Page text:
Bayer Extends CEO’s Contract, Sees Progress on Roundup Deals

Bayer AG extended Chief Executive Officer Werner Baumann’s contract, a vote of confidence in a leader who oversaw the acquisition of Monsanto Co. and has been trying to end a wave of litigation that came with the U.S. chemical maker.

Bayer said in a statement Thursday that its supervisory board lengthened Baumann’s term by three years, heeding his “personal plans” on the matter instead of going for the maximum potential of four years. The move provides continuity as the German company works its way through a thicket of lawsuits claiming that Monsanto’s Roundup herbicide causes cancer, which Bayer denies.

Bayer Extends CEO’s Contract, Sees Progress on Roundup Deals

Baumann’s tasks in the coming years include setting Bayer’s pharmaceutical unit back up for profitable growth as two blockbuster medicines lose patent protection. He’ll also need to build out the crop-science business, which has been hamstrung by suits over Roundup as well as another Monsanto weedkiller, Dicamba.

Baumann, 57, has worked at Bayer since 1988. He set the $63 billion Monsanto deal in motion just weeks after taking over as CEO in early 2016. The move deepened Bayer’s commitment to a conglomerate model -- combining crop science, pharmaceuticals and consumer health under one roof -- at a time when many rivals have rigorously sharpened their focuses. Bayer’s shares are down more than 40% under Baumann’s watch.

The shares traded 0.7% lower early Friday in Frankfurt.

The timing of the contract extension is “surprising,” since Bayer hasn’t managed to resolve significant litigation yet, said Ingo Speich, head of corporate governance for Deka Investment in Frankfurt, a top shareholder. Legal risks remain and are weighing on Bayer’s shares, Speich said.

Shareholder Backing

Baumann in April won a vote of support from shareholders, a year after they handed him an unprecedented rebuke by voting against absolving management of responsibility for its actions. Former Chairman Werner Wenning, a co-architect of the Monsanto deal, left earlier this year.

Baumann’s “profound knowledge of Bayer’s markets, businesses, organization and strengths” are a key reason why the supervisory board decided to extend his tenure, Norbert Winkeljohann, who took over as chairman after Wenning stepped down, said in the statement.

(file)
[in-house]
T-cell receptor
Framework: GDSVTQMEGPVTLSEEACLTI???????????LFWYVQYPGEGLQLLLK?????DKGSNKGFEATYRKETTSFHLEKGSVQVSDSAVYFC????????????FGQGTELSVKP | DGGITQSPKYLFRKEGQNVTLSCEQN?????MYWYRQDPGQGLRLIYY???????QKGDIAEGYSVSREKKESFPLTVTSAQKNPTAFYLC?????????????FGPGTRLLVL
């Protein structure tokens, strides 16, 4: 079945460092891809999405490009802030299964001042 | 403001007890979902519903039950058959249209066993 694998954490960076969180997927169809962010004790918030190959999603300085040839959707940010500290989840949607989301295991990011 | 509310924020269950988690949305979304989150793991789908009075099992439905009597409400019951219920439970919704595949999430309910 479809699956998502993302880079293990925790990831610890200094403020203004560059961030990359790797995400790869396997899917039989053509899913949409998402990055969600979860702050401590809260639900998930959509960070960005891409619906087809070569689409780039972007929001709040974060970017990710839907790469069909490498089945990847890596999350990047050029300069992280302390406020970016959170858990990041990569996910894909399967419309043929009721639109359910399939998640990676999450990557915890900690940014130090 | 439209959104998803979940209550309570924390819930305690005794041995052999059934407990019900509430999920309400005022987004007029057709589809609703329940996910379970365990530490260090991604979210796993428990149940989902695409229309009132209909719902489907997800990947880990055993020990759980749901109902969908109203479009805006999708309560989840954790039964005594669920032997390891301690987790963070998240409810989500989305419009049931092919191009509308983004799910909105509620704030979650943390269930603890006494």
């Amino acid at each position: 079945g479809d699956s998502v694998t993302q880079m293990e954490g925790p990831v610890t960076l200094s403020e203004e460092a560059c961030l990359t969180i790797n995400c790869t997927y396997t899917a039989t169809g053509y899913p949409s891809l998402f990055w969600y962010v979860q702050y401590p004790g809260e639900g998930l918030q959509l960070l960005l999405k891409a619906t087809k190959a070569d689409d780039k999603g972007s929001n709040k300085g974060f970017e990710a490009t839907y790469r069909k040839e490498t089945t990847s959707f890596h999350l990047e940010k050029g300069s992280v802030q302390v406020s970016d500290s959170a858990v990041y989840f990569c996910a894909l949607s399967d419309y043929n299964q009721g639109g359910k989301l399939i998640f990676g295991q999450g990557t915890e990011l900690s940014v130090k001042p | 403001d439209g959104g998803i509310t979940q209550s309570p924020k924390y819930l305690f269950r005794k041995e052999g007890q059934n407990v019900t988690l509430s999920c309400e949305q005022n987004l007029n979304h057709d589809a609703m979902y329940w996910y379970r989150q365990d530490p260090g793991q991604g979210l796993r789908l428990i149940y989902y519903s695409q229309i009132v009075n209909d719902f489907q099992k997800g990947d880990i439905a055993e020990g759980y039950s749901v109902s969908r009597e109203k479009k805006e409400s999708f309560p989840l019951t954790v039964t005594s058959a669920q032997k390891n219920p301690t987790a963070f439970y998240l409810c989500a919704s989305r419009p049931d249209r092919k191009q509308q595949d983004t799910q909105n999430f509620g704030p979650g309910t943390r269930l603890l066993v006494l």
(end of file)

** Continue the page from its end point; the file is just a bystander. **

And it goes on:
It’s been a busy summer for Bayer on the legal front. The Leverkusen, Germany-based company announced a $12.1 billion plan in June to settle lawsuits over products it inherited with the Monsanto deal, including Roundup and Dicamba. But Bayer still hasn’t resolved tens of thousands of current Roundup cancer claims or finalized a deal covering future claims.

Last month, it agreed to pay $1.6 billion to resolve most of the U.S. litigation over its now-withdrawn Essure contraceptive device, which some women said caused excessive bleeding and pelvic pain or failed to prevent pregnancies.

Bayer said Thursday that it’s made progress with plaintiff attorneys on a revised plan to manage and resolve potential future Roundup lawsuits. Details of the revised plan will be finalized in coming weeks, and a motion for preliminary approval will be filed after a formal agreement has been reached, Bayer said.

Bayer Proposal

Elizabeth Cabraser, a California lawyer for plaintiffs, didn’t immediately return an email seeking comment Thursday.

U.S. District Judge Vince Chhabria, who is overseeing some Roundup suits, cast doubt in July about the validity of a Bayer-backed proposal for handling claims filed after it resolves existing suits over the herbicide. After those comments, Cabraser and other plaintiffs’ lawyers pulled their proposal.

Optimism over the progress in resolving future claims prompted the company to begin signing off on settlements for existing cases, Bayer said Thursday.

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